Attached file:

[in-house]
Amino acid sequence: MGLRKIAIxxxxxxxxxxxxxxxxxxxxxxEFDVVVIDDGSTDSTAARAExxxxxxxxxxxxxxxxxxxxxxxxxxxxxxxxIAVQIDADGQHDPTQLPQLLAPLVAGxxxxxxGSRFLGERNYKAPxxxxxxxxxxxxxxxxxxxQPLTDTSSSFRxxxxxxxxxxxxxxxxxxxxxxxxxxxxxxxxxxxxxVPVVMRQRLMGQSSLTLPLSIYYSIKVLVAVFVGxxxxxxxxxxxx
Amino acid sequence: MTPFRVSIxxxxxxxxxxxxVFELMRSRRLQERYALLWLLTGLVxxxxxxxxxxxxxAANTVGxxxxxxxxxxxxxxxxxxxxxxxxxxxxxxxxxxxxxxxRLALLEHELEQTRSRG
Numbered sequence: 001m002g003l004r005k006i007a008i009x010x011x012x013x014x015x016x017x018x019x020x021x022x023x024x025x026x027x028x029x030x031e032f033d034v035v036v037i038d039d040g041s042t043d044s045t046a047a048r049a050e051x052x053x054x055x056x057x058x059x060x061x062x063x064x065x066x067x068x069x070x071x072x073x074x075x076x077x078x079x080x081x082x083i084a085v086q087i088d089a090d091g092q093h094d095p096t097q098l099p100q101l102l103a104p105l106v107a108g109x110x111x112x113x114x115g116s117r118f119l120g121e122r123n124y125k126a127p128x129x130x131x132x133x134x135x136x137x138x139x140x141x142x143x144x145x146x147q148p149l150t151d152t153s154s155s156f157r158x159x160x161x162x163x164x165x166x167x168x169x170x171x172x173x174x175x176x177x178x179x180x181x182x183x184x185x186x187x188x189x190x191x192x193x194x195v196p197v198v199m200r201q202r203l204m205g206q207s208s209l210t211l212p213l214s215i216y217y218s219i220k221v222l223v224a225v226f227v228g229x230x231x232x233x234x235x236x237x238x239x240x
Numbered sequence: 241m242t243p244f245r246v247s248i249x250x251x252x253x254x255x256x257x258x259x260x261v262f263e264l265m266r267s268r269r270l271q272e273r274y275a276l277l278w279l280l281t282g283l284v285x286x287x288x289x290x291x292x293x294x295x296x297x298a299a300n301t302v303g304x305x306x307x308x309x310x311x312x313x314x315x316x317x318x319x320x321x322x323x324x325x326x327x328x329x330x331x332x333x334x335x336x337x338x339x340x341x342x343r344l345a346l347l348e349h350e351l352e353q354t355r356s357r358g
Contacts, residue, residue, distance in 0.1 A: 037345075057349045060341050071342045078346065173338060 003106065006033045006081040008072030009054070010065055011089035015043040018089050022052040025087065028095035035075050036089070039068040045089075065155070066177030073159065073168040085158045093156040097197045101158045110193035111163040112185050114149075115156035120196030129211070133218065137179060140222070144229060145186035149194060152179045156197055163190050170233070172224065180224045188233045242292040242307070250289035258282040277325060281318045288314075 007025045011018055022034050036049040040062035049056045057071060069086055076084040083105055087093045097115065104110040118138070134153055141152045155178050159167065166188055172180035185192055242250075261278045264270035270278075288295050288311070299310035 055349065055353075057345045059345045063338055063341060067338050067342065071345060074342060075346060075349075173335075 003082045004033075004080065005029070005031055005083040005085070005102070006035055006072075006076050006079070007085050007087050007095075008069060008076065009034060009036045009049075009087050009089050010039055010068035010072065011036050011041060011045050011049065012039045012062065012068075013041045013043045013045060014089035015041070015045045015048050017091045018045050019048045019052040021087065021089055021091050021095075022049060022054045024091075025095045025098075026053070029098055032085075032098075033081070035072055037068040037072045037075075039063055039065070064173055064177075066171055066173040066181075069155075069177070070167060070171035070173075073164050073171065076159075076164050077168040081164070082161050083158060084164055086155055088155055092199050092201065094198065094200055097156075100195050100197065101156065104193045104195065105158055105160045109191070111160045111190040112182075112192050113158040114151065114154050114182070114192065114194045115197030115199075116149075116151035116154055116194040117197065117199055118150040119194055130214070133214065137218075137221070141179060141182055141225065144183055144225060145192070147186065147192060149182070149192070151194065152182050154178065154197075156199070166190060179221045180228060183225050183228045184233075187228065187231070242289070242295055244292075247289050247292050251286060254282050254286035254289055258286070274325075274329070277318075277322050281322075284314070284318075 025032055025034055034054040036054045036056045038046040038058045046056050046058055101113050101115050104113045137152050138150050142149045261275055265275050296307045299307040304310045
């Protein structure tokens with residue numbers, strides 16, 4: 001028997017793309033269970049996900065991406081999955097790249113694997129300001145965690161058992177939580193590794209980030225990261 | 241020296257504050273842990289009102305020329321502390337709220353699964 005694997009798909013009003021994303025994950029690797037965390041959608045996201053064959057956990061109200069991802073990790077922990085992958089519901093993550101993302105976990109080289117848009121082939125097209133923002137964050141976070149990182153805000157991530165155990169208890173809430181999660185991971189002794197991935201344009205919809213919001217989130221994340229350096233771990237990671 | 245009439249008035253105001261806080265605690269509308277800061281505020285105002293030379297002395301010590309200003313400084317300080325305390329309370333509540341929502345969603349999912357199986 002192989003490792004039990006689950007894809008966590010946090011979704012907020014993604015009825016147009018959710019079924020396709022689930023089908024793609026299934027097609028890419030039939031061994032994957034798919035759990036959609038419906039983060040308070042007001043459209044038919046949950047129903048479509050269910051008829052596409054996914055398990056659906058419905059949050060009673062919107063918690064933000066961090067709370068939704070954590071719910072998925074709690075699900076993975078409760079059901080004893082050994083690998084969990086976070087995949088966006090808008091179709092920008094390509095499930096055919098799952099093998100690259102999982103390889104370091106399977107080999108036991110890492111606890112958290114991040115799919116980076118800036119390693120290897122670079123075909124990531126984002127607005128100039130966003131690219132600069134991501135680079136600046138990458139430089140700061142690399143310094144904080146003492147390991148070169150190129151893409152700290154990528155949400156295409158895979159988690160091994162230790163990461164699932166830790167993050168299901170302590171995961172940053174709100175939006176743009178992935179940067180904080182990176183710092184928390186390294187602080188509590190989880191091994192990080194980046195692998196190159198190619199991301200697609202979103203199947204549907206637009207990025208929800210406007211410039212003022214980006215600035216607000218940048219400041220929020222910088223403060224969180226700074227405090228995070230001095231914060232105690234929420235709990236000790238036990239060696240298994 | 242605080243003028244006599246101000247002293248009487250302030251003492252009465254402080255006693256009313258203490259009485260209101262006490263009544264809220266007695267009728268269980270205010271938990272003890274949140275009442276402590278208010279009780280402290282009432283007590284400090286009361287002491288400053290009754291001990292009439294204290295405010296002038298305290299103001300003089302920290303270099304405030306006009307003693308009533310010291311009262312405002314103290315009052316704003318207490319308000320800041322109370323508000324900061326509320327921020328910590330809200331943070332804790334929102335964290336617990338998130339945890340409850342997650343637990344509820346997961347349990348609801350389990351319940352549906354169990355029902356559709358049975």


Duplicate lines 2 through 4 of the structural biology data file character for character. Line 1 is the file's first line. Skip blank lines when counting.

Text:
Amino acid sequence: MGLRKIAIxxxxxxxxxxxxxxxxxxxxxxEFDVVVIDDGSTDSTAARAExxxxxxxxxxxxxxxxxxxxxxxxxxxxxxxxIAVQIDADGQHDPTQLPQLLAPLVAGxxxxxxGSRFLGERNYKAPxxxxxxxxxxxxxxxxxxxQPLTDTSSSFRxxxxxxxxxxxxxxxxxxxxxxxxxxxxxxxxxxxxxVPVVMRQRLMGQSSLTLPLSIYYSIKVLVAVFVGxxxxxxxxxxxx
Amino acid sequence: MTPFRVSIxxxxxxxxxxxxVFELMRSRRLQERYALLWLLTGLVxxxxxxxxxxxxxAANTVGxxxxxxxxxxxxxxxxxxxxxxxxxxxxxxxxxxxxxxxRLALLEHELEQTRSRG
Numbered sequence: 001m002g003l004r005k006i007a008i009x010x011x012x013x014x015x016x017x018x019x020x021x022x023x024x025x026x027x028x029x030x031e032f033d034v035v036v037i038d039d040g041s042t043d044s045t046a047a048r049a050e051x052x053x054x055x056x057x058x059x060x061x062x063x064x065x066x067x068x069x070x071x072x073x074x075x076x077x078x079x080x081x082x083i084a085v086q087i088d089a090d091g092q093h094d095p096t097q098l099p100q101l102l103a104p105l106v107a108g109x110x111x112x113x114x115g116s117r118f119l120g121e122r123n124y125k126a127p128x129x130x131x132x133x134x135x136x137x138x139x140x141x142x143x144x145x146x147q148p149l150t151d152t153s154s155s156f157r158x159x160x161x162x163x164x165x166x167x168x169x170x171x172x173x174x175x176x177x178x179x180x181x182x183x184x185x186x187x188x189x190x191x192x193x194x195v196p197v198v199m200r201q202r203l204m205g206q207s208s209l210t211l212p213l214s215i216y217y218s219i220k221v222l223v224a225v226f227v228g229x230x231x232x233x234x235x236x237x238x239x240x